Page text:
The company's investors are led by California billionaire Ron Burke's Yucaipa Cos. Banmiller said there are no plans to go public. He also revealed that Icahn expressed interest in Aloha through an intermediary in several phone calls during the late stages of the bankruptcy.
However, the Yucaipa deal was already far along. Banmiller was acquainted with Icahn, who sought to buy the second Pan Am and later was involved in American's 2001 takeover of TWA, which Icahn once owned.
is the parent of American.
"Carl's no dummy," Banmiller said. "If you take an industry that's been in the tank but that isn't going away, and you find in that industry a good company that has lowered costs through bankruptcy, then it's a valuable entity going forward."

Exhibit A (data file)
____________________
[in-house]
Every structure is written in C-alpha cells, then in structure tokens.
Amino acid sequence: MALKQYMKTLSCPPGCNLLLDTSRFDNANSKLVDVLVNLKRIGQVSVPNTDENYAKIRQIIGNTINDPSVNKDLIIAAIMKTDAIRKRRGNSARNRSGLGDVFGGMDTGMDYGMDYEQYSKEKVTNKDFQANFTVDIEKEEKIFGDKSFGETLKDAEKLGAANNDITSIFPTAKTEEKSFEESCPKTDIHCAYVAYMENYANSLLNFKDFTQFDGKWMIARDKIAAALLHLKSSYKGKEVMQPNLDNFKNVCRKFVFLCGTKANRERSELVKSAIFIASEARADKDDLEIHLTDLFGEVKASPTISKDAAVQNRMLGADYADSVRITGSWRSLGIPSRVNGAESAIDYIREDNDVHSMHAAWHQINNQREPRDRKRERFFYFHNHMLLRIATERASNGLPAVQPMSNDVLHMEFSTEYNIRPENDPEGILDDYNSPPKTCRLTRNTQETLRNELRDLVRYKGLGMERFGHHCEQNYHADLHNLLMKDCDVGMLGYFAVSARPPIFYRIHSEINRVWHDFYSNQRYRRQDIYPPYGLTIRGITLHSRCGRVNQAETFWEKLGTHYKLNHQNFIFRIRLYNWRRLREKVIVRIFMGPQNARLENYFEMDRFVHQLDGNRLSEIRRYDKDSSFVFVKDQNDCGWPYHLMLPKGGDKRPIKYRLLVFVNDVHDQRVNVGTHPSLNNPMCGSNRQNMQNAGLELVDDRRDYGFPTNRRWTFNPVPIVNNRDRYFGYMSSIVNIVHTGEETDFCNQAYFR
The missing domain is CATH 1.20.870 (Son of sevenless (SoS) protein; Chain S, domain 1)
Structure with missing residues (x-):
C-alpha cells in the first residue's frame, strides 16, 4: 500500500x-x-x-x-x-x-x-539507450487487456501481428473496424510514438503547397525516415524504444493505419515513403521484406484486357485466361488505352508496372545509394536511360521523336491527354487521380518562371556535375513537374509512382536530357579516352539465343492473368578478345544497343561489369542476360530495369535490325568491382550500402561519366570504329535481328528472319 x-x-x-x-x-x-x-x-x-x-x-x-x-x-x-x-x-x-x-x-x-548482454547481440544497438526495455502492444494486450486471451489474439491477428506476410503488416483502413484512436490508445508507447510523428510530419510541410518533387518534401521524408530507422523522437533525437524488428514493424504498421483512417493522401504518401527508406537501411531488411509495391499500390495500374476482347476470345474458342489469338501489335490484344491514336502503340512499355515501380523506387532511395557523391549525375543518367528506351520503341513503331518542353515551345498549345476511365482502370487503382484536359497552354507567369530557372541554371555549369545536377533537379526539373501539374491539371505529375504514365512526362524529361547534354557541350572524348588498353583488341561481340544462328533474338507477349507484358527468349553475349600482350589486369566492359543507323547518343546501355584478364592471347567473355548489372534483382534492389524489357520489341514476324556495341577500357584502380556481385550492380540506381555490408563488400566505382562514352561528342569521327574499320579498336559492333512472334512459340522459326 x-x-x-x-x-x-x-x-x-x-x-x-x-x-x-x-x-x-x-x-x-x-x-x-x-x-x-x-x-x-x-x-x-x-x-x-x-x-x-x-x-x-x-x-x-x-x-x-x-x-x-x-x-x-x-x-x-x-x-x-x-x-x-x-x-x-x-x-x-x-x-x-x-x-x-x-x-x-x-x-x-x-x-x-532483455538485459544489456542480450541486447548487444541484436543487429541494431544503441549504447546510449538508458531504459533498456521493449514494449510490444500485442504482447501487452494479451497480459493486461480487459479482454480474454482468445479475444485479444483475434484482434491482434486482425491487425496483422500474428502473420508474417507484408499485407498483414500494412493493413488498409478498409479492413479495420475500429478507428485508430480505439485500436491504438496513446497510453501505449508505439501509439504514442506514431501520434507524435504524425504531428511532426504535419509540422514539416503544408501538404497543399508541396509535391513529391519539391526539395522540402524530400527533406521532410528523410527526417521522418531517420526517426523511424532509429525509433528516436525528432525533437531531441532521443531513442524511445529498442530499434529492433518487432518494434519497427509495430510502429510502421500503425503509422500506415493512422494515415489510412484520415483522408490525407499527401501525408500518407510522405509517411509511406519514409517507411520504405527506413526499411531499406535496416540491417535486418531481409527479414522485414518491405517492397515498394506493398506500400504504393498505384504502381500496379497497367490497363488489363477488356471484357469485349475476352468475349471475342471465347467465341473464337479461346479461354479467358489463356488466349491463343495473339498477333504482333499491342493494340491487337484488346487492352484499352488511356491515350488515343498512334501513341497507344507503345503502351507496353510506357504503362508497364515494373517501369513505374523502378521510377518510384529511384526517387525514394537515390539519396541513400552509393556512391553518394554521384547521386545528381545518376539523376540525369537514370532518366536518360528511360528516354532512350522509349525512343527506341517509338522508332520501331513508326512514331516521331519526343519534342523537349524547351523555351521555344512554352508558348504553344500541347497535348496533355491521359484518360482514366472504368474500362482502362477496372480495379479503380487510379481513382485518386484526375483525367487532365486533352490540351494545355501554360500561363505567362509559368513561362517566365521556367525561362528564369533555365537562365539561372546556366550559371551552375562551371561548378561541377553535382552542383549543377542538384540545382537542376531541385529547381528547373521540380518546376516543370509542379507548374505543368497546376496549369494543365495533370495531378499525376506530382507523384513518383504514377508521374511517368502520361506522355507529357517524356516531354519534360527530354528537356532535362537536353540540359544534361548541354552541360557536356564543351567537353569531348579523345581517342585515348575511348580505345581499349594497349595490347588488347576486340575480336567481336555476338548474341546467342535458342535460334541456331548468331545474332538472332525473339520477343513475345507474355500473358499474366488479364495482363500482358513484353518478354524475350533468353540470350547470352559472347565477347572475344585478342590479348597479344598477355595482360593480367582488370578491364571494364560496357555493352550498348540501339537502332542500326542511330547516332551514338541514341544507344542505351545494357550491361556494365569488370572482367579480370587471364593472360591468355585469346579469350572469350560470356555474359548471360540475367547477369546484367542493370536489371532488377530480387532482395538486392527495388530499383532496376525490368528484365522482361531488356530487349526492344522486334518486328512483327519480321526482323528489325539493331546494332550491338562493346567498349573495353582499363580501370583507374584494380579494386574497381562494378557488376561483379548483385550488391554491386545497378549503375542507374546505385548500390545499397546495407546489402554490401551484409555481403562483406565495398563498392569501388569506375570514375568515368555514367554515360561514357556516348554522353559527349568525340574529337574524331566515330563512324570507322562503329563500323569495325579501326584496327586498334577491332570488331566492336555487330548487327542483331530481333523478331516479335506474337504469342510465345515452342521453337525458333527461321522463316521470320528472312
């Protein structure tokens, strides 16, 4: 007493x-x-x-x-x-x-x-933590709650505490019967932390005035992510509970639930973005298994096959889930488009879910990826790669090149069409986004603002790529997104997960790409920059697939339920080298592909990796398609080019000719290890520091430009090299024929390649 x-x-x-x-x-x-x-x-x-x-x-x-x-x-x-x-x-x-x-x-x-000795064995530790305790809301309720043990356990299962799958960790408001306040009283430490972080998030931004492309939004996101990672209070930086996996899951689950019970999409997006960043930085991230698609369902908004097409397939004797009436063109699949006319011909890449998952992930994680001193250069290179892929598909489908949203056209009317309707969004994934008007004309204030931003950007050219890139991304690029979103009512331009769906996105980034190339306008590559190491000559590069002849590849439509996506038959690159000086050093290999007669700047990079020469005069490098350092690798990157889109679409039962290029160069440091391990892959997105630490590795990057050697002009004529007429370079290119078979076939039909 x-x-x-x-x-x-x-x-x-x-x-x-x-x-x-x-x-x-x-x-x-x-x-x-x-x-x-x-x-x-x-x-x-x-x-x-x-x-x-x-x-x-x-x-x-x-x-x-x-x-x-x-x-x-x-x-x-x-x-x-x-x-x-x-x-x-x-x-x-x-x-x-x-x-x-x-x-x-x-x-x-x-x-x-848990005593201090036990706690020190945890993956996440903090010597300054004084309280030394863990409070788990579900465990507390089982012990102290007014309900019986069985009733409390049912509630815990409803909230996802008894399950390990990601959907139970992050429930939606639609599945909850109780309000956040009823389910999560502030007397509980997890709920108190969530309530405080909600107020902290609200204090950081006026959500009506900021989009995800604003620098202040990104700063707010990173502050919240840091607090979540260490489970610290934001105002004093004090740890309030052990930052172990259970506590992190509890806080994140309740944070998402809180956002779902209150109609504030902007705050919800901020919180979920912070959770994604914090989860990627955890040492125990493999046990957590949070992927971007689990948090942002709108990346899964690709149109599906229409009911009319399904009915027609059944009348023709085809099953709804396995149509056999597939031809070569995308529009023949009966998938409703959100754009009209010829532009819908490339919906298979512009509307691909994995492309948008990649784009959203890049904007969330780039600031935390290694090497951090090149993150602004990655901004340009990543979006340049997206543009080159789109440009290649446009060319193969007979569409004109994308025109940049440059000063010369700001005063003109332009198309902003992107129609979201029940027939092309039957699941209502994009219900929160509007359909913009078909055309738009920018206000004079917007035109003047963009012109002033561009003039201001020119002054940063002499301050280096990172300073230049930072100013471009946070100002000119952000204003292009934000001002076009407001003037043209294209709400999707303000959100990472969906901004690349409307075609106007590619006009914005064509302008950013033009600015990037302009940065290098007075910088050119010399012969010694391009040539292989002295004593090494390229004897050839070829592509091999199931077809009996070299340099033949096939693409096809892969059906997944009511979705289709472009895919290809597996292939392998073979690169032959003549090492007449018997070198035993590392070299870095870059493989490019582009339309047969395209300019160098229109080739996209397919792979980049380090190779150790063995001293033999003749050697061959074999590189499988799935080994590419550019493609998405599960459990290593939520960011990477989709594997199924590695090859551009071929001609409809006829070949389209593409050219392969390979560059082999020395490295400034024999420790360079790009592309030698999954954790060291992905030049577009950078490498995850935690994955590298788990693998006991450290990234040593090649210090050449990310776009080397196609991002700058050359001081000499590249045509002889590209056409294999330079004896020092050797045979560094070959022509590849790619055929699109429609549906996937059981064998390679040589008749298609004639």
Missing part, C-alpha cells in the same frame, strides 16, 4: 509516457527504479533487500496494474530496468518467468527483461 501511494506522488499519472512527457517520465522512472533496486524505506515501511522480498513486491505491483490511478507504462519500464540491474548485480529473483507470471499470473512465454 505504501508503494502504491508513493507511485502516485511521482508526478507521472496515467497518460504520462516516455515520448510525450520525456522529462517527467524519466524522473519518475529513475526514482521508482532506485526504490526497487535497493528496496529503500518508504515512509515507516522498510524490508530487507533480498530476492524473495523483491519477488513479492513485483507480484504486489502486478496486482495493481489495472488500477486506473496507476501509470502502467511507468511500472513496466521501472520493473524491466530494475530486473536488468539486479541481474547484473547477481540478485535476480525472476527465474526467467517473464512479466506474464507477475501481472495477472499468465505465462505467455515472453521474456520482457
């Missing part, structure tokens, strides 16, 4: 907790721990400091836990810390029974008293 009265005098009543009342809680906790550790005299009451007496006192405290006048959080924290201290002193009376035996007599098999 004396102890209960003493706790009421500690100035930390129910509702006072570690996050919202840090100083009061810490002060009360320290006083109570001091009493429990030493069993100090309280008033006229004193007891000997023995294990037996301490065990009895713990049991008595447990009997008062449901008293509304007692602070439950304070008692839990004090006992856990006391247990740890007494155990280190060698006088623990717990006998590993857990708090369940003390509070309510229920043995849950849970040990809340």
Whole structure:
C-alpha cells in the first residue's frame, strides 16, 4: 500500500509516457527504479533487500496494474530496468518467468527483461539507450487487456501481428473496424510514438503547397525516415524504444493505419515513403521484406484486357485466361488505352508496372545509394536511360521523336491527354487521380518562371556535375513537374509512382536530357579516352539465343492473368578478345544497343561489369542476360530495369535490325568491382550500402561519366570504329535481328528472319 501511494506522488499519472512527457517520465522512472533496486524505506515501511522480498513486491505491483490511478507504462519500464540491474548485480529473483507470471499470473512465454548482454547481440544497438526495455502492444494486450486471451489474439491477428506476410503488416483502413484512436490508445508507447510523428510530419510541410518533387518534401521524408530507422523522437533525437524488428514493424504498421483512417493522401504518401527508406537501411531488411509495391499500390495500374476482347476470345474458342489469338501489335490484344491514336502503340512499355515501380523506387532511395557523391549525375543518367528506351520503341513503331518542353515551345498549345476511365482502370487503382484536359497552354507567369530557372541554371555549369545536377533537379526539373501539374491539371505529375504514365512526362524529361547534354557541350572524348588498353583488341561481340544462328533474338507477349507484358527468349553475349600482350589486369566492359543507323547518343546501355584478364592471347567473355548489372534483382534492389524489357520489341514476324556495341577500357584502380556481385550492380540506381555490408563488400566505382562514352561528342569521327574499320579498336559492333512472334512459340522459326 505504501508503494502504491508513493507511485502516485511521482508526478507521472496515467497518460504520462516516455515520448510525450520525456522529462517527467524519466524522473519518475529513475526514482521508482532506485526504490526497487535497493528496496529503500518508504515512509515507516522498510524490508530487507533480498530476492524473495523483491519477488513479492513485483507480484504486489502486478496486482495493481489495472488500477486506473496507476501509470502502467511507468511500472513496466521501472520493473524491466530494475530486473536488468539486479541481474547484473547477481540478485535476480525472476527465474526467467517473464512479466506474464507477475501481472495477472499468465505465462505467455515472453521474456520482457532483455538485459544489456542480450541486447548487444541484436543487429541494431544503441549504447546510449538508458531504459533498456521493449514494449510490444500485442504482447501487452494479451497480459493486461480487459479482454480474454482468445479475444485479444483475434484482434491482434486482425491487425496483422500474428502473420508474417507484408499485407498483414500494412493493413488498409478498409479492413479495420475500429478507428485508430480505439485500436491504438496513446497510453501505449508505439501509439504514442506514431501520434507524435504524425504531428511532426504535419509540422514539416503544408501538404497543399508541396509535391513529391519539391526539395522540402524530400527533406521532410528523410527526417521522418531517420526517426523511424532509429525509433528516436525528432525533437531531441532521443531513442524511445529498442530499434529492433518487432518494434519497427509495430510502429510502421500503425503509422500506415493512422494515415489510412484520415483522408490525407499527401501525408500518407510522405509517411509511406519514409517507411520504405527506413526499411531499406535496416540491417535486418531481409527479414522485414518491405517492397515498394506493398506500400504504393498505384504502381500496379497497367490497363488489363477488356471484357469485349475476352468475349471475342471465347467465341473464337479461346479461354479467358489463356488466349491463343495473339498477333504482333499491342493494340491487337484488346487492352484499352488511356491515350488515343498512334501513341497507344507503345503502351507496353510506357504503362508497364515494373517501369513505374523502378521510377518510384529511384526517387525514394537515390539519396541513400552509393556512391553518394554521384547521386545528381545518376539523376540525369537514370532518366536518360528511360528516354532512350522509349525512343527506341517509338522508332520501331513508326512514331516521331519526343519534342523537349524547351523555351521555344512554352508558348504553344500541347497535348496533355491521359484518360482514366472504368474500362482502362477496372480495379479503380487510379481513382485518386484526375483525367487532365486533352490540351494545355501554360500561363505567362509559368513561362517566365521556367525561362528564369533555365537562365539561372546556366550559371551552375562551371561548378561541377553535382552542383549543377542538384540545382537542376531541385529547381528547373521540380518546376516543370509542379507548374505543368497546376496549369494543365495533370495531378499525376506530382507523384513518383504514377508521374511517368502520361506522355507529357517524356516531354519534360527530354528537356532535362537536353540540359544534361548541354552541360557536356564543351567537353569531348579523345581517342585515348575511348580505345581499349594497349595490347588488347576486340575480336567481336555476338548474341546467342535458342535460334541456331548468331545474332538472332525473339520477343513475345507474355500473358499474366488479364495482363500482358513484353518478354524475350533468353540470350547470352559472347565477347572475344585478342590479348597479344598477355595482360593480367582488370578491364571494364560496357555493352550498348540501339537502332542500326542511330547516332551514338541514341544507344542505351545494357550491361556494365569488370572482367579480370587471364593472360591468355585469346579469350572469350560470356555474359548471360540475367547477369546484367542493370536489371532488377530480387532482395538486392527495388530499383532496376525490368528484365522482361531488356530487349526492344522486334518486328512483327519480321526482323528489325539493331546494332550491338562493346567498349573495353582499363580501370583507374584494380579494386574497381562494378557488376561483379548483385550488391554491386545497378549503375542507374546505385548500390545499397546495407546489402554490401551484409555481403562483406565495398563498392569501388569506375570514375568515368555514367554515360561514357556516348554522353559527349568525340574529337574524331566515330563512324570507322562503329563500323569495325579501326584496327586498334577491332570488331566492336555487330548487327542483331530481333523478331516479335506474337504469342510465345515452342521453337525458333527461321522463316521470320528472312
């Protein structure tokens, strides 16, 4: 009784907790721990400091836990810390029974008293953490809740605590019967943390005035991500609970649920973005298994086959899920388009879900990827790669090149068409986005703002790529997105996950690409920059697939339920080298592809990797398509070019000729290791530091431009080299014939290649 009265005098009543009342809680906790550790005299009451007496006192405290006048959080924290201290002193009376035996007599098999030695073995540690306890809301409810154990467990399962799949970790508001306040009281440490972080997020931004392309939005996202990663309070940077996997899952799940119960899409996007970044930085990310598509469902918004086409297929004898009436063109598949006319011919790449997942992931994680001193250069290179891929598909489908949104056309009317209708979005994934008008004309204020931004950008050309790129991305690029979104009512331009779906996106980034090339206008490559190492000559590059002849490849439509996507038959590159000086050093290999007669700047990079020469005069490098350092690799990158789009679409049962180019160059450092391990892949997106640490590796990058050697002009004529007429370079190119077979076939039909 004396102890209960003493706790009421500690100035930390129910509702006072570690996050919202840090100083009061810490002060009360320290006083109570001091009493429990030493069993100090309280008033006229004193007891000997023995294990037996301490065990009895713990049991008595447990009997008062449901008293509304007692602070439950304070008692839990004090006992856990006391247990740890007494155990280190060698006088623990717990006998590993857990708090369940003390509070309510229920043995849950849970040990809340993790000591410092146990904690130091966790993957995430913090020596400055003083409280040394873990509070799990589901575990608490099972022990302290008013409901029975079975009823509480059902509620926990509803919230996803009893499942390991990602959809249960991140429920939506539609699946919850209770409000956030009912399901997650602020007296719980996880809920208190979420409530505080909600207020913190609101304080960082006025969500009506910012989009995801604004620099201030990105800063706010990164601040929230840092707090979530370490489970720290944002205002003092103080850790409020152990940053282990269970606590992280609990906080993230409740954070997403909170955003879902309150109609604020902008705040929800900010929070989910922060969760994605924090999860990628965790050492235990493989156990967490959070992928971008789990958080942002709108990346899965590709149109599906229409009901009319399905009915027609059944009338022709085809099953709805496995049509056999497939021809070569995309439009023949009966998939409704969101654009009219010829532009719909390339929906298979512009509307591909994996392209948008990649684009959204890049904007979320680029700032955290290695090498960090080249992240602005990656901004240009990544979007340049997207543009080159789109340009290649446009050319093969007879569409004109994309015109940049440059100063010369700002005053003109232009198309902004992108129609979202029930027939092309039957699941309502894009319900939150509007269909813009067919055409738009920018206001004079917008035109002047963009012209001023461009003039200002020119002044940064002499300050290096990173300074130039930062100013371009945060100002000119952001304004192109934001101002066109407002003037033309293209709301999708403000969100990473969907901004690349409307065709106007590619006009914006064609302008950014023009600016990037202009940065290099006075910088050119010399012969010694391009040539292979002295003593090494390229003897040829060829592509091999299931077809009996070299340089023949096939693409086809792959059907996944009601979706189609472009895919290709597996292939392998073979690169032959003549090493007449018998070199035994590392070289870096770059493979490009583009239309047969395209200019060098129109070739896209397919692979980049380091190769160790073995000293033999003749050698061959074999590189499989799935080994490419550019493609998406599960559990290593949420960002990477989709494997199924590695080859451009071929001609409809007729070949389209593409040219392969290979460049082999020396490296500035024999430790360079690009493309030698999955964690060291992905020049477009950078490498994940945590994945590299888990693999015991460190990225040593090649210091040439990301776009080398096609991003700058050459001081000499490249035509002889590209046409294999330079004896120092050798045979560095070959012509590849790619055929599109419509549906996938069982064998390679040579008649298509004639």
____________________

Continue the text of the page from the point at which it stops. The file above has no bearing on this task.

Hawaiian, which emerged from two years of bankruptcy protection in June, also has its fans.
"They've got one of the strongest balance sheets in the industry," said Jay Burnham, manager of hedge fund Armory Advisors, a $100 million fund that invests in distressed debt and holds about a million shares of Hawaiian. Burnham describes himself as "strictly a balance sheet guy" who focuses on income statements.
"We think their earnings power was about a dollar a share before they announced their expansion," he said. "It should be about $1.50 now." The airline said Feb. 14 that it will acquire four Boeing 767-300s from
Delta Air Lines
( DALRQ) to expand its service.